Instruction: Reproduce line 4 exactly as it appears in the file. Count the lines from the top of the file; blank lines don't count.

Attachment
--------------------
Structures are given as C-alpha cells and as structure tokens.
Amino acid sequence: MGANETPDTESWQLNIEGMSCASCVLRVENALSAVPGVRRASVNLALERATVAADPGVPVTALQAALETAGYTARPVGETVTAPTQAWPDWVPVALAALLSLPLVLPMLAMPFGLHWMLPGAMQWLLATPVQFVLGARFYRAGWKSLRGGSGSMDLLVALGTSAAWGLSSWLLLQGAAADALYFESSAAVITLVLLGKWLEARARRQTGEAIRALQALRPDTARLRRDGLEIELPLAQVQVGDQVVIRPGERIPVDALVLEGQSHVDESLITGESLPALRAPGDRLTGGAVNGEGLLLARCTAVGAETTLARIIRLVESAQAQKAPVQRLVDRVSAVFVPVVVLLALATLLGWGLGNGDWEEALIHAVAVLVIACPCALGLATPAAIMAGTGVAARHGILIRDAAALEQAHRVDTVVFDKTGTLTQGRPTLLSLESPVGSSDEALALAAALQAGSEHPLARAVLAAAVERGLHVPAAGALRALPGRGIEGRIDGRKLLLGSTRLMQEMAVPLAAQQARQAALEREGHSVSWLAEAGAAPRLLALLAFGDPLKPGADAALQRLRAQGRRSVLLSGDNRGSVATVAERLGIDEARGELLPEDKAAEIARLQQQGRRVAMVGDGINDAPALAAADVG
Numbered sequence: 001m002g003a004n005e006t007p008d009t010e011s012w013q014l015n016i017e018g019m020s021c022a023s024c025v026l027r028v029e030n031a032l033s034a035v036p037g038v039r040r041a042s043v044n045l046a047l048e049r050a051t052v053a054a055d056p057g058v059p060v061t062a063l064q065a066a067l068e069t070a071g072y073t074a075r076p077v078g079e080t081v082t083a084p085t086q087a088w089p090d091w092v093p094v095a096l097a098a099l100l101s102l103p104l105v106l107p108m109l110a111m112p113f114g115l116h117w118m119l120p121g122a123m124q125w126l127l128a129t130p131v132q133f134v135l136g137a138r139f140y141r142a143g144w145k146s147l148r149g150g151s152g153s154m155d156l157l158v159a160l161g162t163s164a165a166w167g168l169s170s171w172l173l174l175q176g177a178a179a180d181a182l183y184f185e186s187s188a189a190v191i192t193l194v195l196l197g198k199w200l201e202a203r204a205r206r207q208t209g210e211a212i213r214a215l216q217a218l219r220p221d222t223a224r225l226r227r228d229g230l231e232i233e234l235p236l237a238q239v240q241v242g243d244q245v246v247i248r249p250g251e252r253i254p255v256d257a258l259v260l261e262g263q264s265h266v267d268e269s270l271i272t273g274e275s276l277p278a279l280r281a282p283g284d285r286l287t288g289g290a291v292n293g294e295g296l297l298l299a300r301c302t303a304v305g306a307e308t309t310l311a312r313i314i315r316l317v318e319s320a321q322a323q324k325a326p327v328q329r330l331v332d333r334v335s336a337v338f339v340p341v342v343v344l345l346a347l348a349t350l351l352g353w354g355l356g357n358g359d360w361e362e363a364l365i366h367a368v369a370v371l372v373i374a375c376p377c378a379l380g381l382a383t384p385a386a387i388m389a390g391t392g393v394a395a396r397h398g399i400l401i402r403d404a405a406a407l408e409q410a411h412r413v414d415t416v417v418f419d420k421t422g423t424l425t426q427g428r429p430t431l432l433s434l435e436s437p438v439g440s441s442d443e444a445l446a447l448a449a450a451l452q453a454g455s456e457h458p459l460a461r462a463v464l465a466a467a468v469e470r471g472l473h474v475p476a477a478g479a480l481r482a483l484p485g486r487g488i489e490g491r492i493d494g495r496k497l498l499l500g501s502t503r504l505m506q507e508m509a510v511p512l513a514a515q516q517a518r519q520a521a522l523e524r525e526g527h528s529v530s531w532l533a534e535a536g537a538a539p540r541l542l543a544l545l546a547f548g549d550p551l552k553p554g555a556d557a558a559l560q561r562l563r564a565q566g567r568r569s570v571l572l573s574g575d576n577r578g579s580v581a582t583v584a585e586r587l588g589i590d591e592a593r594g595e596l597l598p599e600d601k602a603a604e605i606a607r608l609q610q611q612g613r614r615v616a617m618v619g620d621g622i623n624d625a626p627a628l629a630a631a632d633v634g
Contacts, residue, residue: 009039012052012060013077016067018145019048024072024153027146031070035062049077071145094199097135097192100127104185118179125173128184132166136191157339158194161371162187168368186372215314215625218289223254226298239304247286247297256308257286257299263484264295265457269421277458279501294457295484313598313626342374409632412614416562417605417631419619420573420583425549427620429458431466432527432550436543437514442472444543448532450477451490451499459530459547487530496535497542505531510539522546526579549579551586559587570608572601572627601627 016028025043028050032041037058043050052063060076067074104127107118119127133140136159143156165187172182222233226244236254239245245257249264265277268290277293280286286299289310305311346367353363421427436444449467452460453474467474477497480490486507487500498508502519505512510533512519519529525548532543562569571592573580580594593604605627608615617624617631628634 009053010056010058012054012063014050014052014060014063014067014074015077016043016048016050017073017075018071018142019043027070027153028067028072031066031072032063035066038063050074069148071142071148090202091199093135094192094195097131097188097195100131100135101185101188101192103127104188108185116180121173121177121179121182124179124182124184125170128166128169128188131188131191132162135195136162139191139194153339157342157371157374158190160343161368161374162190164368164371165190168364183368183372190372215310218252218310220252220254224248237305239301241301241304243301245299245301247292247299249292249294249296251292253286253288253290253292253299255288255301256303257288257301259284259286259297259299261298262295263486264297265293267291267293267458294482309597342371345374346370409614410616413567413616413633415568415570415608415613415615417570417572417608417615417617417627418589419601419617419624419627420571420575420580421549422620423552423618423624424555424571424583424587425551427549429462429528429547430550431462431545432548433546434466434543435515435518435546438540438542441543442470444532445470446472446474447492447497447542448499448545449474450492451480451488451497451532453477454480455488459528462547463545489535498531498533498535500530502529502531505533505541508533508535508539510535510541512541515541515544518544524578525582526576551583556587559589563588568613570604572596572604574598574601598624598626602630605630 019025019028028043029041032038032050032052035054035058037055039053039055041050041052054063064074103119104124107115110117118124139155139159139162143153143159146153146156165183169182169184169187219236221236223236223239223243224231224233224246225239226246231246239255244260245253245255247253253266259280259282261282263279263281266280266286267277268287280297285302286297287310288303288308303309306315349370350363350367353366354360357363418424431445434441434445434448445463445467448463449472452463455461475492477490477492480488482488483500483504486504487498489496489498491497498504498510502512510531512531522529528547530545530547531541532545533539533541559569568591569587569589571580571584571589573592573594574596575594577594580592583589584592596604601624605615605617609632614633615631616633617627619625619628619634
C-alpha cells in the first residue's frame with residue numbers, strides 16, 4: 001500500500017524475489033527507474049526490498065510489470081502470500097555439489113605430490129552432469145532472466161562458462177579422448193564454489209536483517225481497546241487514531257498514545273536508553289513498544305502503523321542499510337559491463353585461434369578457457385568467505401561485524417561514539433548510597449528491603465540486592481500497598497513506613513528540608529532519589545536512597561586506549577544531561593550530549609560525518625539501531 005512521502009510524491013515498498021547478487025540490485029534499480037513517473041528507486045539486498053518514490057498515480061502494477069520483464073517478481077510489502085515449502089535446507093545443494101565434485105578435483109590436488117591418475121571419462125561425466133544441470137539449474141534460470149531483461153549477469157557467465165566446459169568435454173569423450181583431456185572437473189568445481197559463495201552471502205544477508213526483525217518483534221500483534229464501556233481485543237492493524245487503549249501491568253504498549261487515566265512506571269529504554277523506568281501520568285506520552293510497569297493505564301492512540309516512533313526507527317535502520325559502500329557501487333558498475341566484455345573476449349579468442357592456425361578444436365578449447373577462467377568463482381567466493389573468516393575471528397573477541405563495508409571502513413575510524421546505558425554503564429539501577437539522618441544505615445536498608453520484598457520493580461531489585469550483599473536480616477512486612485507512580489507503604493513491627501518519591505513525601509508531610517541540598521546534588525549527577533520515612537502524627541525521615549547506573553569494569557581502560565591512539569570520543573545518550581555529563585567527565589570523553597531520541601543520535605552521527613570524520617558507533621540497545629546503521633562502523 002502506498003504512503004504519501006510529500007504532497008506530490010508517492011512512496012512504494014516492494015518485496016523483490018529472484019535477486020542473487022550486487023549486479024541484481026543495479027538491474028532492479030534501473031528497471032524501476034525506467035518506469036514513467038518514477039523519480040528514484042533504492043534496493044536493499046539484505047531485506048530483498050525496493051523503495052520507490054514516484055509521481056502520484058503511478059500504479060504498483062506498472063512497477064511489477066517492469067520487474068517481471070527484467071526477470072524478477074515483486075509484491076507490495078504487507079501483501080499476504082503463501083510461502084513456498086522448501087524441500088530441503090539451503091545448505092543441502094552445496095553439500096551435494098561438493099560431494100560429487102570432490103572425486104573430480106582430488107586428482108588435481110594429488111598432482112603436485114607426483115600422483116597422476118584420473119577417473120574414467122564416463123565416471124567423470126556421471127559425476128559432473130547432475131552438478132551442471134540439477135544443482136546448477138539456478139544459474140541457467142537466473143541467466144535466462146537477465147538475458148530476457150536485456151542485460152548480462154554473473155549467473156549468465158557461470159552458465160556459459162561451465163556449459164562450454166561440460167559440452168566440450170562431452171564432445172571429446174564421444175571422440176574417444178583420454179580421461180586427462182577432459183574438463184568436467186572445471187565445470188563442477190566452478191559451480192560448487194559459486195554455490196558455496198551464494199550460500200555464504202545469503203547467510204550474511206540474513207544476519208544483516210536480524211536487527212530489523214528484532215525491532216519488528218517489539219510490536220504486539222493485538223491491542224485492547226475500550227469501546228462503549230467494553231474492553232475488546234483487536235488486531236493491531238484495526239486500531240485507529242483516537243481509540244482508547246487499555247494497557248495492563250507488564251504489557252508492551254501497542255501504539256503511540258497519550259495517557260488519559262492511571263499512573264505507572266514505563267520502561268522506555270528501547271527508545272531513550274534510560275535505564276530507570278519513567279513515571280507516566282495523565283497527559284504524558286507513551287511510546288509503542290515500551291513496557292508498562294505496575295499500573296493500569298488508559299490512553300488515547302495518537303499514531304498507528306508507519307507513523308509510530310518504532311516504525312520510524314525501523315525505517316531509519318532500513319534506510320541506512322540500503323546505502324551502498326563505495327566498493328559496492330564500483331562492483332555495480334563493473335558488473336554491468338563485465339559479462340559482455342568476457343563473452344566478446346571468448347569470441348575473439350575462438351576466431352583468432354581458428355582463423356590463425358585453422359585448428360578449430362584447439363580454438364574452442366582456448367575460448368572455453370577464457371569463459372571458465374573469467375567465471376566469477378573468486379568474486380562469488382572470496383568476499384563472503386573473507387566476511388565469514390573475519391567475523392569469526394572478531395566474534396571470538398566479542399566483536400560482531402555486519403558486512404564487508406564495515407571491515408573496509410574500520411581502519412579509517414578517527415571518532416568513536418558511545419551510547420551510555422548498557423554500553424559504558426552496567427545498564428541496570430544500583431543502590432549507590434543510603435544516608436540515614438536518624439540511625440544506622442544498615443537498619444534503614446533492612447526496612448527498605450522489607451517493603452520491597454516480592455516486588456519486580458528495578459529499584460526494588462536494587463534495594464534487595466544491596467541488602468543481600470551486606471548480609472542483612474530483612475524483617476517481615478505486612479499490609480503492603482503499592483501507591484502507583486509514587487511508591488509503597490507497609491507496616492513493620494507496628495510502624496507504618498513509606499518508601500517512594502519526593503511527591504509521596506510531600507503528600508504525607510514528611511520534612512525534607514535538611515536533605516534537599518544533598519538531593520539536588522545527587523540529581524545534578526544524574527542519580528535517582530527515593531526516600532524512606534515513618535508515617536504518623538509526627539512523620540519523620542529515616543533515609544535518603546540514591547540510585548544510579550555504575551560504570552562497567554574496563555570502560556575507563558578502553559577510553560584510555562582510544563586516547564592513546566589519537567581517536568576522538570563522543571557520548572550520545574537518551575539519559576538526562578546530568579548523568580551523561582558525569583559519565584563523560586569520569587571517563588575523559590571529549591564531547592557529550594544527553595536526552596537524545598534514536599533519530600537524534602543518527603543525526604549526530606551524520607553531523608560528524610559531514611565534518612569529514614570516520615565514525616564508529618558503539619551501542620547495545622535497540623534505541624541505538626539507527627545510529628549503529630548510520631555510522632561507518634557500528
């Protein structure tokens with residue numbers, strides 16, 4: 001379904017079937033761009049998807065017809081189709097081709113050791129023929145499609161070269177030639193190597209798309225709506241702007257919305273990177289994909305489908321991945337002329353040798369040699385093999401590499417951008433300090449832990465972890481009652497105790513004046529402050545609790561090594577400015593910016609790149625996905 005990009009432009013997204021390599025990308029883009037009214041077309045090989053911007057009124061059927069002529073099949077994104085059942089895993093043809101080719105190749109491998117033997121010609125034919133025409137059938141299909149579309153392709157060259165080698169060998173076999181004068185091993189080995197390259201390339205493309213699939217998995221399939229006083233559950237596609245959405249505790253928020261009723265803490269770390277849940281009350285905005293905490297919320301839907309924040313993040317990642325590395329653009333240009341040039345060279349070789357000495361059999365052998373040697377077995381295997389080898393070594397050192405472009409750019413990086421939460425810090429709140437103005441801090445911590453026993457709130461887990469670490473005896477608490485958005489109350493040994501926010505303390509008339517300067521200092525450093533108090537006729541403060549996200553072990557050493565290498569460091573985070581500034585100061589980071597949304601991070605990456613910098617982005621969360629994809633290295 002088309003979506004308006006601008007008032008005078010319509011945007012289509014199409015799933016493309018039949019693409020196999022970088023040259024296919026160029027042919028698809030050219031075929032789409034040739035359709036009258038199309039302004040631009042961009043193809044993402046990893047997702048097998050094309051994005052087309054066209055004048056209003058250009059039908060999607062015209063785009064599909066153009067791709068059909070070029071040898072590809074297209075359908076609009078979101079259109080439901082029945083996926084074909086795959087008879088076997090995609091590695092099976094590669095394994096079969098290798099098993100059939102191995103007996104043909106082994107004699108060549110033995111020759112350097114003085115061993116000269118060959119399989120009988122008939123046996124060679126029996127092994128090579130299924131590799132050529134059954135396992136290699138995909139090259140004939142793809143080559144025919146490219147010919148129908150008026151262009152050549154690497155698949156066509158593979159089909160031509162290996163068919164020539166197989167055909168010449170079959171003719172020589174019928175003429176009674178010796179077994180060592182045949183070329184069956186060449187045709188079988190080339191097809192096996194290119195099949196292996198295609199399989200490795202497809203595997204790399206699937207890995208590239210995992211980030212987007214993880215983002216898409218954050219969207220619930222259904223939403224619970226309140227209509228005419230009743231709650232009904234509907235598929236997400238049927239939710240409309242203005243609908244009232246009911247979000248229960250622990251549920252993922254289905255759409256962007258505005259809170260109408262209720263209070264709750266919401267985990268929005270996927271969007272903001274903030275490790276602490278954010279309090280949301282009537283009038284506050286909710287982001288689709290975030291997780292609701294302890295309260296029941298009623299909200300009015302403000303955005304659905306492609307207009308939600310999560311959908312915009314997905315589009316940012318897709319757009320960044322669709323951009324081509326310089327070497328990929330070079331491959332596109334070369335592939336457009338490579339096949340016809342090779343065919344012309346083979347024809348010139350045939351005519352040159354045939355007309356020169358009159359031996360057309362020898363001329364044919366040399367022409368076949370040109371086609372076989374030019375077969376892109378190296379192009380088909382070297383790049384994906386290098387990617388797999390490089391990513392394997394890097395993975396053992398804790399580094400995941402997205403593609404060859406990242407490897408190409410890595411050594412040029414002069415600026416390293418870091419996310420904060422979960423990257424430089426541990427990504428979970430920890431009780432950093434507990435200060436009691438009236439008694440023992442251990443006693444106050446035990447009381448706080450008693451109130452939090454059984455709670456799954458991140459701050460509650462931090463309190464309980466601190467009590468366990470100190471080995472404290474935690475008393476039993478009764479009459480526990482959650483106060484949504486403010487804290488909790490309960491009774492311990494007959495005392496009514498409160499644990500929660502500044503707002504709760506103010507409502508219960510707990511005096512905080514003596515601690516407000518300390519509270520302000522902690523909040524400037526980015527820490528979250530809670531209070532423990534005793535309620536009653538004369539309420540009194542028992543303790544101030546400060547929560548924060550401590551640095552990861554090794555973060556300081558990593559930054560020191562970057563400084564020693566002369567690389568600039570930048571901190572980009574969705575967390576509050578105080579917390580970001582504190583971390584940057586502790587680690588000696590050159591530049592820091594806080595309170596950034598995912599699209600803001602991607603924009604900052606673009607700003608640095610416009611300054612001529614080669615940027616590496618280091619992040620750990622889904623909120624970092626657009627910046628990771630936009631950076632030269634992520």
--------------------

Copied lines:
Contacts, residue, residue: 009039012052012060013077016067018145019048024072024153027146031070035062049077071145094199097135097192100127104185118179125173128184132166136191157339158194161371162187168368186372215314215625218289223254226298239304247286247297256308257286257299263484264295265457269421277458279501294457295484313598313626342374409632412614416562417605417631419619420573420583425549427620429458431466432527432550436543437514442472444543448532450477451490451499459530459547487530496535497542505531510539522546526579549579551586559587570608572601572627601627 016028025043028050032041037058043050052063060076067074104127107118119127133140136159143156165187172182222233226244236254239245245257249264265277268290277293280286286299289310305311346367353363421427436444449467452460453474467474477497480490486507487500498508502519505512510533512519519529525548532543562569571592573580580594593604605627608615617624617631628634 009053010056010058012054012063014050014052014060014063014067014074015077016043016048016050017073017075018071018142019043027070027153028067028072031066031072032063035066038063050074069148071142071148090202091199093135094192094195097131097188097195100131100135101185101188101192103127104188108185116180121173121177121179121182124179124182124184125170128166128169128188131188131191132162135195136162139191139194153339157342157371157374158190160343161368161374162190164368164371165190168364183368183372190372215310218252218310220252220254224248237305239301241301241304243301245299245301247292247299249292249294249296251292253286253288253290253292253299255288255301256303257288257301259284259286259297259299261298262295263486264297265293267291267293267458294482309597342371345374346370409614410616413567413616413633415568415570415608415613415615417570417572417608417615417617417627418589419601419617419624419627420571420575420580421549422620423552423618423624424555424571424583424587425551427549429462429528429547430550431462431545432548433546434466434543435515435518435546438540438542441543442470444532445470446472446474447492447497447542448499448545449474450492451480451488451497451532453477454480455488459528462547463545489535498531498533498535500530502529502531505533505541508533508535508539510535510541512541515541515544518544524578525582526576551583556587559589563588568613570604572596572604574598574601598624598626602630605630 019025019028028043029041032038032050032052035054035058037055039053039055041050041052054063064074103119104124107115110117118124139155139159139162143153143159146153146156165183169182169184169187219236221236223236223239223243224231224233224246225239226246231246239255244260245253245255247253253266259280259282261282263279263281266280266286267277268287280297285302286297287310288303288308303309306315349370350363350367353366354360357363418424431445434441434445434448445463445467448463449472452463455461475492477490477492480488482488483500483504486504487498489496489498491497498504498510502512510531512531522529528547530545530547531541532545533539533541559569568591569587569589571580571584571589573592573594574596575594577594580592583589584592596604601624605615605617609632614633615631616633617627619625619628619634